- Depersonalisation is the feeling of being disconnected from your own body or when your body feels unreal
- Derealisation is the feeling of being disconnected from the things around you or when your surroundings seem unreal.
Depersonalisation and derealisation are defence mechanisms that the mind employs to help it cope with too much stress.
For some people these feelings may last for a few minutes or a few hours. They are surprisingly common – one survey found that 23% of people have had these feelings for a short period of time. It’s a natural response to highly stressful situations.
For other people these feelings may last much longer, be distressing and impact on daily life, and they may have depersonalisation- derealisation disorder. 1% of people have this disorder, which is the same percentage as obsessive compulsive disorder (OCD).
Most people who experience it will have a mix of both depersonalisation and derealisation, but you can have just one or the other too. It’s important to remember that the symptoms of depersonalisation and derealisation are different for each person.
There are 4 main triggers for chronic depersonalisation or derealisation.
For all the triggers the mind is under a lot of strain and as a way of coping disconnects from reality.
It’s possible to recover from depersonalisation or derealisation. Some people recover naturally by treating the triggers, this reduces the strain on the mind which allows it to recover. Some people may need clinical help to recover.
Although your symptoms may feel scary, worrying about them could make them worse. Try to find ways to stay calm as for most people their symptoms will go away naturally. Our Calm Zone could help you stay calm.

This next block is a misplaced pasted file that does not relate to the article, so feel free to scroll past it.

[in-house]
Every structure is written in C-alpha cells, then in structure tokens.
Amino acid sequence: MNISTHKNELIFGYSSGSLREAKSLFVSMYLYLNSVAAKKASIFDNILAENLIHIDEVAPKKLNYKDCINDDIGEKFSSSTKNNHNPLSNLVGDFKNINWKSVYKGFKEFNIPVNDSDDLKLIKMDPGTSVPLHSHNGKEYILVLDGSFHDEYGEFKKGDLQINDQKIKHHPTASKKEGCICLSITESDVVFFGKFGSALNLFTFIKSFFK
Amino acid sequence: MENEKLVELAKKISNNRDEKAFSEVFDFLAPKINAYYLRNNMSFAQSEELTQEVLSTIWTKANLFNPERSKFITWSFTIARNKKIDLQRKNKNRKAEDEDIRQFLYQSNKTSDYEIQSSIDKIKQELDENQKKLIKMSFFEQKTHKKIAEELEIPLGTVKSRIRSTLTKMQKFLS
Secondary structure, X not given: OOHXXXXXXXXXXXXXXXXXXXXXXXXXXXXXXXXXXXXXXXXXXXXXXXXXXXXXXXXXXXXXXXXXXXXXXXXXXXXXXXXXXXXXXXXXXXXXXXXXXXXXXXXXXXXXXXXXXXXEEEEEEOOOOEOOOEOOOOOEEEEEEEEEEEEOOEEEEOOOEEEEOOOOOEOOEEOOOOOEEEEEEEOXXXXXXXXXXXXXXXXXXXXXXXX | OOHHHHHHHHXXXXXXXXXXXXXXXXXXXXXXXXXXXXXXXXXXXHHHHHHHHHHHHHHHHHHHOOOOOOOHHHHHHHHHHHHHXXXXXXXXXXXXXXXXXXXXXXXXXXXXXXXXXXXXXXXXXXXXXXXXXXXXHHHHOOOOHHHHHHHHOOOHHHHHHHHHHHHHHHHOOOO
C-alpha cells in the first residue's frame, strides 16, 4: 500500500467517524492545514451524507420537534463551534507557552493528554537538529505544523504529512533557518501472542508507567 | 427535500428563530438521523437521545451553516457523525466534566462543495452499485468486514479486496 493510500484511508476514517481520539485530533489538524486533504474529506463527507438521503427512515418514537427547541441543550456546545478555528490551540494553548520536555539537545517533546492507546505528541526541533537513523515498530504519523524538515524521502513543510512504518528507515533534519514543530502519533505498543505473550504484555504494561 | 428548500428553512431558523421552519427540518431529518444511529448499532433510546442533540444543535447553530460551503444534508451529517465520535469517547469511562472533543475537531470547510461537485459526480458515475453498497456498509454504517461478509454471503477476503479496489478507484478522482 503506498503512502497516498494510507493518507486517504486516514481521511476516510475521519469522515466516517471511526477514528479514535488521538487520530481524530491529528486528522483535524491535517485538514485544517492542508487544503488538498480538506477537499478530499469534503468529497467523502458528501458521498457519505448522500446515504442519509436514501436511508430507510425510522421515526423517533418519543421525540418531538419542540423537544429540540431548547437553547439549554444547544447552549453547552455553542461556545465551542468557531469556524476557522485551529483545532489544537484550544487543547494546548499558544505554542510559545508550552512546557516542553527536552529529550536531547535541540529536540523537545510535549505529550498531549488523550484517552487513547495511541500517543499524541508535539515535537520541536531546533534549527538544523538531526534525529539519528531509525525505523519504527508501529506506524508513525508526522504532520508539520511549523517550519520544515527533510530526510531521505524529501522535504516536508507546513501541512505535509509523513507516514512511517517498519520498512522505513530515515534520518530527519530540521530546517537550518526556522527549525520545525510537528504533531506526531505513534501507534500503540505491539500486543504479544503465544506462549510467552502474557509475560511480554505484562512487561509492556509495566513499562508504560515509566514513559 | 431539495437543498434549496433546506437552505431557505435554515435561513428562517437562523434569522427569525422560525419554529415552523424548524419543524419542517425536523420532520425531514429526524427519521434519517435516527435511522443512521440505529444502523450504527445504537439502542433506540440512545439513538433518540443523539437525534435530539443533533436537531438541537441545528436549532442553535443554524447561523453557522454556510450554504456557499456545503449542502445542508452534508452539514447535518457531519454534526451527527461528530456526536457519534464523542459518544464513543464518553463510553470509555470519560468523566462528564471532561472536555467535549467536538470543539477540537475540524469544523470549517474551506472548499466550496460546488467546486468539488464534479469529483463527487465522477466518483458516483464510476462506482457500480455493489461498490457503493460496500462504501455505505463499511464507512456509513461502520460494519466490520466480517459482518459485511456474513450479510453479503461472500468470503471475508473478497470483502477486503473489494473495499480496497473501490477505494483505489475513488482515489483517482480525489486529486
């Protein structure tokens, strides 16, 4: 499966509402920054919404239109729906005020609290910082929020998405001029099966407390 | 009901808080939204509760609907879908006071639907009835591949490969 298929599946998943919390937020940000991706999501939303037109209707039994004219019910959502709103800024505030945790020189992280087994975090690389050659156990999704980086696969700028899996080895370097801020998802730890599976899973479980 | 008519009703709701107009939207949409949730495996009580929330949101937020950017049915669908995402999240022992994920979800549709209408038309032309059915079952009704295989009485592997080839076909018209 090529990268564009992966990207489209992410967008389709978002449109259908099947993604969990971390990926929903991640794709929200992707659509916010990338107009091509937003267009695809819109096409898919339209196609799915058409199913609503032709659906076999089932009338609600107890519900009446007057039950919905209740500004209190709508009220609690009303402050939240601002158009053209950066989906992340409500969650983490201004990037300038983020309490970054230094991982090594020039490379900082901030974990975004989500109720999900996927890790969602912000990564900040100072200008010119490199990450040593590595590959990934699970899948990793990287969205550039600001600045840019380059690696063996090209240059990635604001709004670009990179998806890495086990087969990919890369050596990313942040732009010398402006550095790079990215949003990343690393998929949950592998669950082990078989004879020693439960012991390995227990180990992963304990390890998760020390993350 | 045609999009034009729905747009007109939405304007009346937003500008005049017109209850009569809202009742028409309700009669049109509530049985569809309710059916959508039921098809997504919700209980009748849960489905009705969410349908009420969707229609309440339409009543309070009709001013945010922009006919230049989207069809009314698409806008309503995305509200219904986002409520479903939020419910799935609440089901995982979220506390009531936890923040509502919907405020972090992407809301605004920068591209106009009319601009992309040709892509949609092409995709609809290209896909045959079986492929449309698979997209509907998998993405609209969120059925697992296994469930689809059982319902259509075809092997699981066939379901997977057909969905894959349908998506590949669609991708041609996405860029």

The next thing to do is to try and let your mind recover. You can help your mind by trying to reduce the impact of the trigger(s) that is causing your depersonalisation or derealisation.
If you recognise yourself experiencing any of the 4 triggers above you may be experiencing depersanalisation or derealisation and there are things you can try to reduce their impact. Different things will work for different people, it’s important to find what works for you and to stop trying something if it’s making you feel worse.
If after a few weeks you still have symptoms of depersonalisation or derealisation then you can get support from your GP. We have advice on visiting your doctor.
A lot of people aren’t aware of what depersonalisation and derealisation is. You can help explain it to your parent or carer by showing them this webpage. You can also speak to your school nurse about it and get their support. Your mental health is important and you deserve to get the support you need.
Before visiting your GP you can fill in this questionnaire and give to them, don't worry if you are unable to fill all of it in, just do what you can.
If you aren’t happy with the support you’re receiving then you can always talk to Childline about it.
There are things you can try to help you cope with depersonalisation or derealisation. Different things will work for different people. It’s important to find what works for you and to stop doing anything that makes you feel worse.